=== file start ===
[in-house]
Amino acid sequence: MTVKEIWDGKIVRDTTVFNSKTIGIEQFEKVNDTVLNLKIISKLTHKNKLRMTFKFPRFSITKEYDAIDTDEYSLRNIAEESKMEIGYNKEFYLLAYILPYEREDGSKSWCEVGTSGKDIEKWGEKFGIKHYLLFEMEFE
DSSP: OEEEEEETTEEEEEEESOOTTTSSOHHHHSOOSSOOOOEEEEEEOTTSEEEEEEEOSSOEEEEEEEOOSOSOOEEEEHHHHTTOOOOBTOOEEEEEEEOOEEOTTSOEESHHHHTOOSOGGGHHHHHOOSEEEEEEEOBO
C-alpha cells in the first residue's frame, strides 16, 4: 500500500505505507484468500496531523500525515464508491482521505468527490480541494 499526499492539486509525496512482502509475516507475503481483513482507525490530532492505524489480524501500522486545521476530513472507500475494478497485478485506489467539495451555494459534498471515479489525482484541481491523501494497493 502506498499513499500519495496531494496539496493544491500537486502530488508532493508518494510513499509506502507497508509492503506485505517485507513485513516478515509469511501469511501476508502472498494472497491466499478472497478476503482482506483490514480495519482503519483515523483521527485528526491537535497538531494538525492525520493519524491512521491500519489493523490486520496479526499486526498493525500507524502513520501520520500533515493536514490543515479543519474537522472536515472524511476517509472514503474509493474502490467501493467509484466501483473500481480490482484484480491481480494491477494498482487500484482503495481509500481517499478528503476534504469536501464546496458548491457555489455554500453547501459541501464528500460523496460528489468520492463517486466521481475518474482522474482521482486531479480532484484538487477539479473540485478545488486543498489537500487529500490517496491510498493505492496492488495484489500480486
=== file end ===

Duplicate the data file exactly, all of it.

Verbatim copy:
[in-house]
Amino acid sequence: MTVKEIWDGKIVRDTTVFNSKTIGIEQFEKVNDTVLNLKIISKLTHKNKLRMTFKFPRFSITKEYDAIDTDEYSLRNIAEESKMEIGYNKEFYLLAYILPYEREDGSKSWCEVGTSGKDIEKWGEKFGIKHYLLFEMEFE
DSSP: OEEEEEETTEEEEEEESOOTTTSSOHHHHSOOSSOOOOEEEEEEOTTSEEEEEEEOSSOEEEEEEEOOSOSOOEEEEHHHHTTOOOOBTOOEEEEEEEOOEEOTTSOEESHHHHTOOSOGGGHHHHHOOSEEEEEEEOBO
C-alpha cells in the first residue's frame, strides 16, 4: 500500500505505507484468500496531523500525515464508491482521505468527490480541494 499526499492539486509525496512482502509475516507475503481483513482507525490530532492505524489480524501500522486545521476530513472507500475494478497485478485506489467539495451555494459534498471515479489525482484541481491523501494497493 502506498499513499500519495496531494496539496493544491500537486502530488508532493508518494510513499509506502507497508509492503506485505517485507513485513516478515509469511501469511501476508502472498494472497491466499478472497478476503482482506483490514480495519482503519483515523483521527485528526491537535497538531494538525492525520493519524491512521491500519489493523490486520496479526499486526498493525500507524502513520501520520500533515493536514490543515479543519474537522472536515472524511476517509472514503474509493474502490467501493467509484466501483473500481480490482484484480491481480494491477494498482487500484482503495481509500481517499478528503476534504469536501464546496458548491457555489455554500453547501459541501464528500460523496460528489468520492463517486466521481475518474482522474482521482486531479480532484484538487477539479473540485478545488486543498489537500487529500490517496491510498493505492496492488495484489500480486